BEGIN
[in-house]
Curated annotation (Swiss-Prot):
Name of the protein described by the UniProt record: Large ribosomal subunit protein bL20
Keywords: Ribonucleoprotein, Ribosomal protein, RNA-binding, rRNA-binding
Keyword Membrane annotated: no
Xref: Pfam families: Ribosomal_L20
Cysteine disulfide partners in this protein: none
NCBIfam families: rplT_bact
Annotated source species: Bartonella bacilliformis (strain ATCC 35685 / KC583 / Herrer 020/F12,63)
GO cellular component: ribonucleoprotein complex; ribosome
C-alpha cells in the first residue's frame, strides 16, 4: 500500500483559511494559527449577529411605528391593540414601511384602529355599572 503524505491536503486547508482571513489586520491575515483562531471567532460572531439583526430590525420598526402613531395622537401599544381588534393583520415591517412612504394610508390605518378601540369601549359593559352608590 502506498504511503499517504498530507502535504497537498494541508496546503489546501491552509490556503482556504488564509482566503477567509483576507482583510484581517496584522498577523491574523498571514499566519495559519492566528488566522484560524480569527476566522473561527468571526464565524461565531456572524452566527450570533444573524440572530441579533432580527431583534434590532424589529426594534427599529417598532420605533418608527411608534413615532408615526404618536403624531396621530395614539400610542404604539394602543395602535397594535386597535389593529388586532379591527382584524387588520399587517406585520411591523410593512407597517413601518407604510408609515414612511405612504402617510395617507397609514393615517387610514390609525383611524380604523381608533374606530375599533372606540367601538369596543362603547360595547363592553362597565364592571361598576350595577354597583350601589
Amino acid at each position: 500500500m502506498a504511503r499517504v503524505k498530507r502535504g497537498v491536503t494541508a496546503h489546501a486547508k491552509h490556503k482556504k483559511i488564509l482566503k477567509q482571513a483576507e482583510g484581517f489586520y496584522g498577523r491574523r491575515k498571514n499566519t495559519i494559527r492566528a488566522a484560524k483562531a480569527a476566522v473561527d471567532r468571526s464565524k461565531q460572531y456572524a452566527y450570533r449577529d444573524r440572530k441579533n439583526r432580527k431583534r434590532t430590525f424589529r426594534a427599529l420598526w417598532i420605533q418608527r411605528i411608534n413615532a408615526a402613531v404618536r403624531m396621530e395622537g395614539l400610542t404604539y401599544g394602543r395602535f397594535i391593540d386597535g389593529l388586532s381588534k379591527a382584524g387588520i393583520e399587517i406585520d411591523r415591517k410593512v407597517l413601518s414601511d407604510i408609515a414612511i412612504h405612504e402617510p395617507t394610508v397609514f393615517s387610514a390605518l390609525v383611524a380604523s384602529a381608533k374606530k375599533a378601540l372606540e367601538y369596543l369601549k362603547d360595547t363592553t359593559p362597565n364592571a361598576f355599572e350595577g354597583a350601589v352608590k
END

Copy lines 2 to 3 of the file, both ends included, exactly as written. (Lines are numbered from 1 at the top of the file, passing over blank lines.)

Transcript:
Curated annotation (Swiss-Prot):
Name of the protein described by the UniProt record: Large ribosomal subunit protein bL20